The Chief Judge of Lagos State, Justice Opeyemi Oke, said that the state government was working hard to meet the expectations of the citizens in their quest for justice.
Oke said this on Tuesday in Lagos during a one-day workshop on criminal justice, with the theme: “Appraisal of Current Criminal Justice Regime in Lagos State“.
The workshop was organised by the Rule of Law and Anti-Corruption (RoLAC) Programme funded by the European Union and implemented by the British Council.
According to Oke, regardless of daunting challenge in having successful criminal justice reforms, the state government is working seriously to meet the expectations of the citizens. The state was also ensuring that litigants get the best justice system and experience, the Chief Judge said.
She said that some of the challenges facing criminal justice reforms in Lagos included lack of access to good counsel by indigent citizens, media trial by security agencies, inadequate funding and inadequate trained prosecutors, among others.
The chief judge called on stakeholders in justice sector for support, stressing that reform could only be actualised through inter-agency cooperation and collaboration.
“As far as efficient and effective administration of criminal justice is concerned, this cannot be achieved without collaboration and cooperation of all stakeholders in the sector.
“The importance of criminal justice to the smooth running of any society cannot be overemphasized. Indeed, an effective criminal justice system is regarded by many as germane to the maintenance of law and order,” she said.
The Attorney General and Commissioner for Justice in Lagos State, Mr Adeniji Kazeem, said implementing the reform in criminal justice and maintaining law in a highly populated state like Lagos was not an easy task.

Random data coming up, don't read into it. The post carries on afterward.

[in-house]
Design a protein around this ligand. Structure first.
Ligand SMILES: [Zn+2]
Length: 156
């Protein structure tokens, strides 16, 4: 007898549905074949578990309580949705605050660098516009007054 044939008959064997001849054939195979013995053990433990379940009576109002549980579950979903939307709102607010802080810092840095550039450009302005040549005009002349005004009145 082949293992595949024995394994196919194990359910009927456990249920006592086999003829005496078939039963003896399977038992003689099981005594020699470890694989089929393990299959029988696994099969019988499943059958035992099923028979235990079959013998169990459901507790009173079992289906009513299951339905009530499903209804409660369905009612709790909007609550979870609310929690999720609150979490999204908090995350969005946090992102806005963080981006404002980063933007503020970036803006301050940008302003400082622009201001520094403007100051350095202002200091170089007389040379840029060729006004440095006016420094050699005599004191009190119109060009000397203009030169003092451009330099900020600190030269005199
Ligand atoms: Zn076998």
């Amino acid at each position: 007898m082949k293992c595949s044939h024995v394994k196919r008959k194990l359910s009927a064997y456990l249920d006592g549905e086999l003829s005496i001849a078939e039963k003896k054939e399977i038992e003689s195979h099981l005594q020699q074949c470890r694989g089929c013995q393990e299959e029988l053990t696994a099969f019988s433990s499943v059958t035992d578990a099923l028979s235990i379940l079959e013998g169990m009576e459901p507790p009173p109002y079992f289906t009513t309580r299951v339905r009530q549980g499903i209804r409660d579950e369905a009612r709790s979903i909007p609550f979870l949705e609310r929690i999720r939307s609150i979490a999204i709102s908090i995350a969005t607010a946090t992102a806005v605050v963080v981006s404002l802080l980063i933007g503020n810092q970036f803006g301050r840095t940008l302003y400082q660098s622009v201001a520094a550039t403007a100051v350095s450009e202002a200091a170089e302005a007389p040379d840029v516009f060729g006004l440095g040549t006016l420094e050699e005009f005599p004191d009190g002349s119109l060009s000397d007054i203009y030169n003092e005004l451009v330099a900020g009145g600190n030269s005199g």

Kazeem said his expectations from the workshop included discussion on new trend and reforms that had worked, not just in other parts of Nigeria but also other jurisdictions.
He said their discussions should particularly looked into options of the traditional judiciary system and efforts at decongesting the prisons.
The commissioner said measures of post-conviction geared at rehabilitating convicts whilst preparing them for integration should likewise be discussed.
A representative of RoLAC, Dr Oluwatoyin Dadejogun, said criminal justice system must be able to respond with a heart, one that flowed with the milk of human kindness. He said it should be able to discern and respond with a reformative objective in mind, stressing that the rule that regulate the system were made by people.
“The system at the end of the day should reflect the premium placed on human life and dignity, safety, security on victim of crime, on offender, and social harmony or cohesion,” he said.
Dadejogun commended Lagos State Judiciary for championing reform in criminal justice administration in the state and Nigeria as a whole.
Participants were drawn from the Ministry of justice, Nigerian Bar Association, police prosecutors, Magistrates and High Courts Judges in Lagos.